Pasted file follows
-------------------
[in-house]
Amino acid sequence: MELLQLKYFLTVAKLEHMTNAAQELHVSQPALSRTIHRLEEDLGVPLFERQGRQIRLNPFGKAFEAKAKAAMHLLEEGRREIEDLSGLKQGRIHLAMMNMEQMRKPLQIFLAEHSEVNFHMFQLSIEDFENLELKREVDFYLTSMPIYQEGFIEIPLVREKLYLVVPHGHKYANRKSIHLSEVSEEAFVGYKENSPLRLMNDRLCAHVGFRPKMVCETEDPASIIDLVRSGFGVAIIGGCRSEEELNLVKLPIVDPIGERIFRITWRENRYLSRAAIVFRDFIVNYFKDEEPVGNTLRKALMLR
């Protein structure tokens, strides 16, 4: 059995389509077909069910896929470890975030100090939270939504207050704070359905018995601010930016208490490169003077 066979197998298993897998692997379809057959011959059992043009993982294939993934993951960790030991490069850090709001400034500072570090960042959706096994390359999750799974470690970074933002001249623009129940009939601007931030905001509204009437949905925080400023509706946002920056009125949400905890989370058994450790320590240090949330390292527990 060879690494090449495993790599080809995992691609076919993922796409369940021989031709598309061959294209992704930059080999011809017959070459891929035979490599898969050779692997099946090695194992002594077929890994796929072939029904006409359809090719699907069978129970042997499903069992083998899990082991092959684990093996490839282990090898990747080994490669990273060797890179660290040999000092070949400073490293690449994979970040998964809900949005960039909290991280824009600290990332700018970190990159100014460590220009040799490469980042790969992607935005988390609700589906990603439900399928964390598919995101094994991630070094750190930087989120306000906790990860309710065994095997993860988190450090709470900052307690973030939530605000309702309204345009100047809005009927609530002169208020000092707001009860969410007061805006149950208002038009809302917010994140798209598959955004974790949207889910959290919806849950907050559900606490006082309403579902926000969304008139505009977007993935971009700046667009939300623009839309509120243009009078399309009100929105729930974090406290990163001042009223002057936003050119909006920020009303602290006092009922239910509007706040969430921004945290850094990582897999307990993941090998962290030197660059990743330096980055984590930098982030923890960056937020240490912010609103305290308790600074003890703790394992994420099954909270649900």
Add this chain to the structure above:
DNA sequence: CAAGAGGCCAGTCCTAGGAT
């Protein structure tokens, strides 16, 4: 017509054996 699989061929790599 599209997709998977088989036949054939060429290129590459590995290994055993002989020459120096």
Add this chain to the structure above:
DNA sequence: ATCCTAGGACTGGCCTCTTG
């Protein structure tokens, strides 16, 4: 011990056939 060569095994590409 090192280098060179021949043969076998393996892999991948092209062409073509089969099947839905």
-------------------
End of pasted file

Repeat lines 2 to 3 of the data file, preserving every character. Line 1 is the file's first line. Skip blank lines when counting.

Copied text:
Amino acid sequence: MELLQLKYFLTVAKLEHMTNAAQELHVSQPALSRTIHRLEEDLGVPLFERQGRQIRLNPFGKAFEAKAKAAMHLLEEGRREIEDLSGLKQGRIHLAMMNMEQMRKPLQIFLAEHSEVNFHMFQLSIEDFENLELKREVDFYLTSMPIYQEGFIEIPLVREKLYLVVPHGHKYANRKSIHLSEVSEEAFVGYKENSPLRLMNDRLCAHVGFRPKMVCETEDPASIIDLVRSGFGVAIIGGCRSEEELNLVKLPIVDPIGERIFRITWRENRYLSRAAIVFRDFIVNYFKDEEPVGNTLRKALMLR
């Protein structure tokens, strides 16, 4: 059995389509077909069910896929470890975030100090939270939504207050704070359905018995601010930016208490490169003077 066979197998298993897998692997379809057959011959059992043009993982294939993934993951960790030991490069850090709001400034500072570090960042959706096994390359999750799974470690970074933002001249623009129940009939601007931030905001509204009437949905925080400023509706946002920056009125949400905890989370058994450790320590240090949330390292527990 060879690494090449495993790599080809995992691609076919993922796409369940021989031709598309061959294209992704930059080999011809017959070459891929035979490599898969050779692997099946090695194992002594077929890994796929072939029904006409359809090719699907069978129970042997499903069992083998899990082991092959684990093996490839282990090898990747080994490669990273060797890179660290040999000092070949400073490293690449994979970040998964809900949005960039909290991280824009600290990332700018970190990159100014460590220009040799490469980042790969992607935005988390609700589906990603439900399928964390598919995101094994991630070094750190930087989120306000906790990860309710065994095997993860988190450090709470900052307690973030939530605000309702309204345009100047809005009927609530002169208020000092707001009860969410007061805006149950208002038009809302917010994140798209598959955004974790949207889910959290919806849950907050559900606490006082309403579902926000969304008139505009977007993935971009700046667009939300623009839309509120243009009078399309009100929105729930974090406290990163001042009223002057936003050119909006920020009303602290006092009922239910509007706040969430921004945290850094990582897999307990993941090998962290030197660059990743330096980055984590930098982030923890960056937020240490912010609103305290308790600074003890703790394992994420099954909270649900």